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British Bites: Pork Pie

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[Photograph: Sydney Oland]

There may not be a British meat pie more iconic than the pork pie. Pork and pork jelly set in a simple hot water crust—timeless, classic and elegant. Served cold as either a snack or as part of a meal, this hearty pie is a bit like a pâté en croûte, but more British. And if you've never had one, it is well worth the time to make it.

There are two well-known versions of this dish, the first being the classic which uses minced and cured pork, which retains its lovely pink color when cooked. It's also cooked in a mold or pork pie dish so that the straight-sided silhouette can be achieved. The second is the Melton Mowbray pork pie, using uncured pork as well as a hand-formed crust. My version of the pork pie is somewhere in between, using a combination of cured ham as well as fresh ground pork, but still retaining the traditional straight-sided shape.

I have included a recipe to make pork stock, which will set into a gelatin. But if you have a hard time finding trotters, or just don't have the time, setting a boxed chicken stock with gelatin is a fine substitution. Make sure to take the time to season the stock before you add the powdered gelatin; a dash of sherry goes a long way if you happen to have a bottle sitting around. If you don't happen to have a jar of marmite, a minced anchovy fillet can be substituted. But if you do, the slightly bitter, salty yeast paste makes a great addition, although not entirely traditional.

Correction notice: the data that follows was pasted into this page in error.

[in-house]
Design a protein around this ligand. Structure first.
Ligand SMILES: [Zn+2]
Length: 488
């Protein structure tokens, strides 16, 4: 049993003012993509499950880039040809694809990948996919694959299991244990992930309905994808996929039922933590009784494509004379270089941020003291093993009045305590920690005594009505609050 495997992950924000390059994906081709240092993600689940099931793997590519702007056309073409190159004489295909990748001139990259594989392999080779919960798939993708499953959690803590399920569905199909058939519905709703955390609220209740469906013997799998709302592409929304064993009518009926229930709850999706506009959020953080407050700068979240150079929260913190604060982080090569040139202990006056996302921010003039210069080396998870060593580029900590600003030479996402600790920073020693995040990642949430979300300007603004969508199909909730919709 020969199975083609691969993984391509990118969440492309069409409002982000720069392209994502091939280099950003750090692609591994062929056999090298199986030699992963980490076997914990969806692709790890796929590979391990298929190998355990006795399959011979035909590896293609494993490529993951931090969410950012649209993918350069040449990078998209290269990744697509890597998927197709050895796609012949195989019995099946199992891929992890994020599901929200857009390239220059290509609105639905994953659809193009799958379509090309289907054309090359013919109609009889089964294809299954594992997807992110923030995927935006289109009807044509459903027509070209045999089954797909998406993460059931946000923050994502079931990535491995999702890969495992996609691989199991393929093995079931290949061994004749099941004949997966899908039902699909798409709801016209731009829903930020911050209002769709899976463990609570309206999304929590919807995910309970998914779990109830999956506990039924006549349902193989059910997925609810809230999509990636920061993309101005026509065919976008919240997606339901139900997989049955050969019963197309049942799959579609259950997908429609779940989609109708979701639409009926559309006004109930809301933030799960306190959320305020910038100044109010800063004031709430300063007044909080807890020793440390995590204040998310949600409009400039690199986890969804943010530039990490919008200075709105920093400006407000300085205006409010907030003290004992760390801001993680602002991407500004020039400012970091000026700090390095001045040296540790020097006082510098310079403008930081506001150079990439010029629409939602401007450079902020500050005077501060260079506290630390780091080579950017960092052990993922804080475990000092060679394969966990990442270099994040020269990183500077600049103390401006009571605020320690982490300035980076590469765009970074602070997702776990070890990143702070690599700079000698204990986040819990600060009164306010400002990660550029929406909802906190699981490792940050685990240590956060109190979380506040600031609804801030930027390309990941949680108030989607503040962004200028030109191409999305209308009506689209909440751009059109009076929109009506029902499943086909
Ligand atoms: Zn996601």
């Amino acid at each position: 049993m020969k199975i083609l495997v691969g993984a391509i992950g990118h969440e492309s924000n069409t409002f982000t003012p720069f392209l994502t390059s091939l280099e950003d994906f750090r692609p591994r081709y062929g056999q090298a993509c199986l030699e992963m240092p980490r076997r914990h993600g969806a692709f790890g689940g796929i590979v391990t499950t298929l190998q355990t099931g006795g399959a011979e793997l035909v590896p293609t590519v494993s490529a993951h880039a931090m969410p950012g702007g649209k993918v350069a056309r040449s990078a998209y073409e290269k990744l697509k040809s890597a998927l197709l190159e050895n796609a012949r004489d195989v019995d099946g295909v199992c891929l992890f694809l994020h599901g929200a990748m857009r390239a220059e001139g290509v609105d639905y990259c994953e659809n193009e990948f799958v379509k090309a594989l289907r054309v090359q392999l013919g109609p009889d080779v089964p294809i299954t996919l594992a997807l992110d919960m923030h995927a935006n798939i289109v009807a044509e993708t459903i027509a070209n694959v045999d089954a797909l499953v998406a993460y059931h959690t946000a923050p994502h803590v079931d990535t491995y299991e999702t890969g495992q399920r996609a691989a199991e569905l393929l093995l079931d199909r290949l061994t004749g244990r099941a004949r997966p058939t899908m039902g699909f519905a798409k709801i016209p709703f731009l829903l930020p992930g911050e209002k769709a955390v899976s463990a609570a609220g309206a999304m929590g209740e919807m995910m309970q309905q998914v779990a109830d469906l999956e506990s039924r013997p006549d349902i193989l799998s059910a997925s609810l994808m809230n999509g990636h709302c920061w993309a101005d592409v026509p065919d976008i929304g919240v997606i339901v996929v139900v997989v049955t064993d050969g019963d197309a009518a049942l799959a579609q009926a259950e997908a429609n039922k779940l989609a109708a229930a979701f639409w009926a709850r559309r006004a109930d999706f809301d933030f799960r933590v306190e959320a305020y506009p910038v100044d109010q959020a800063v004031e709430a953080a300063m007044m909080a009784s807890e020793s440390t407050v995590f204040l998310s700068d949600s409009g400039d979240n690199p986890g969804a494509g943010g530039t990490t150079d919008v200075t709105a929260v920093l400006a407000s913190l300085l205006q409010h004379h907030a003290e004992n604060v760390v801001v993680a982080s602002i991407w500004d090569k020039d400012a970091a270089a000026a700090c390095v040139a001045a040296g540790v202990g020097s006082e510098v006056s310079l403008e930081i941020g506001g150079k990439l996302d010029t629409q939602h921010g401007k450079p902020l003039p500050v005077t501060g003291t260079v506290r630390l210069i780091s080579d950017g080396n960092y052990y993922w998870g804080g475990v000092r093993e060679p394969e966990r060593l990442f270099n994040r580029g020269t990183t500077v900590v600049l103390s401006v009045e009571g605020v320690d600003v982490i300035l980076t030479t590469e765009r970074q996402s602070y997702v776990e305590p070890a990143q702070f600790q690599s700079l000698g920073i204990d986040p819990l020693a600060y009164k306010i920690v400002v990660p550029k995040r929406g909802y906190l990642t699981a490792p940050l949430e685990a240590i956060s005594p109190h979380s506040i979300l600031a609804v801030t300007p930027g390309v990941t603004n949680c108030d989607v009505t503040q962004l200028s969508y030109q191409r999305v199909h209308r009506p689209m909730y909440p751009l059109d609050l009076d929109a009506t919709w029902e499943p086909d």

Once you've made you're pork pie, and gotten your gelatin set, you're ready to slice and serve. A few things to have alongside your pie would be a bottle of HP sauce, a couple of different mustards, a few pickles and chutneys, and a tall cold pitcher of dark bitter ale.

About the author: Sydney Oland lives in Somerville, Mass.  Find more information at sydneyoland.com (or read eatingnosetotail.com)

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